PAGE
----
Livestock Update, July 2007 - The Cow-Calf Manager

By Dr. John B. Hall Extension Beef Cattle Specialist, VA Tech
calendar icon 23 July 2007
clock icon 6 minute read

Moderate to severe drought continues in Southside and Southwest Virginia. In many other parts of the state two weeks of hot dry weather could throw beef farms into a drought situation. Carry-over hay stocks in a majority of the state are low to nonexistent. With severe drought in a number of Southeastern states, feed supplies are tight and expensive. One of the best ways producers can reduce feed costs, improve calf gains, and maintain cow condition is to early wean calves.

Early weaning is a scary concept for most producers. The idea of weaning 120-150 old calves is foreign to most of us. It takes a little more planning and technique than loading the calves up in November and taking them to the market. However, once you know the steps early weaning is not that hard.

A multi-step process

Early weaning follows 4 steps:
  1. Purchasing a quality diet
  2. Establishing a good health status
  3. Adapting calves to novel diet and water conditions
  4. Weaning in a low stress enviornment

Purchasing a quality diet

Diets for early-weaned calves need to be highly nutritious containing 72-75% TDN and 16% crude protein. The goal is to have calves gaining 1.75 to 2.2 lbs per day. In addition, it is optimal for diets to contain highlydigestible fiber feeds such as corn gluten feed or soy hulls rather than high starch feeds. High starch feeds such as corn or barley are very concentrated in energy but must be managed carefully so they don’t cause digestive upsets. The rumen of young calves is just developing, and even though calves can handle high starch diets fairly well, it takes good feeding management to avoid problems.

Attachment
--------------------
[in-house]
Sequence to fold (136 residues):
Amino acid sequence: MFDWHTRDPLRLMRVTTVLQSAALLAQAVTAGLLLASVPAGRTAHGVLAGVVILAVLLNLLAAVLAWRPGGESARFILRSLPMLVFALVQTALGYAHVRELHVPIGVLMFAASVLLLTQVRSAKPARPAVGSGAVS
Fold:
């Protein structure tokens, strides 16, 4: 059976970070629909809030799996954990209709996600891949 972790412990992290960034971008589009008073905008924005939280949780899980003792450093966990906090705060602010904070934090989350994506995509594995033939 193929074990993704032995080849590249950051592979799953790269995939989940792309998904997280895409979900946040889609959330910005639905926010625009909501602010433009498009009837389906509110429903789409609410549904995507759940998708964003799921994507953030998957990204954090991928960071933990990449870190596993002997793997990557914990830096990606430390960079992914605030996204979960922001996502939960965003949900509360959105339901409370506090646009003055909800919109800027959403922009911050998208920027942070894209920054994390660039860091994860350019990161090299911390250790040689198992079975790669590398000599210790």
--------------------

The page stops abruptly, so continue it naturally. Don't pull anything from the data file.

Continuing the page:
Diets for early-weaned calves can be purchased or home-made. The advantage to diets purchased from a reputable co-op or feed company is they are more likely to be properly balanced in terms of energy, protein, fiber, and minerals. In addition, many of them can contain medications or ionophores if desired or recommended by your veterinarian or nutritionist.

Mineral supplementation is important to early weaning. Early weaning diets as previously described have a very different mineral composition than pastures and hay. High quality minerals are recommended. The mineral supplement needs to balance the composition of the diet for calcium and phosphorus. In some cases, the phosphorus content of the feed may be sufficiently high that calcium may be the principle macromineral that needs to be supplemented. Calves will need supplements that are high in copper (1500 ppm), zinc (3600 ppm), manganese (3600 ppm) and selenium (56-60 ppm). Early weaning diets may be one of the best times to consider an organic or chelated mineral source. Organic minerals increase the availability of the mineral to these young calves and may be worth the extra cost for these animals.

Establishing a good health program

All health procedures should be completed at least 14 days before weaning. This allows calves to have sufficient time to respond to vaccinations. Calves should be vaccinated with a 7-way Blackleg and IBR, PI3, and BVD. Most likely killed virus vaccines will need to be used unless cows were vaccinated with an approved modified live virus (MLV) vaccine pre-breeding which is labeled for use on calves nursing cows. Although not ideal, the first dose of a killed vaccine can be given pre-weaning with the booster given at weaning.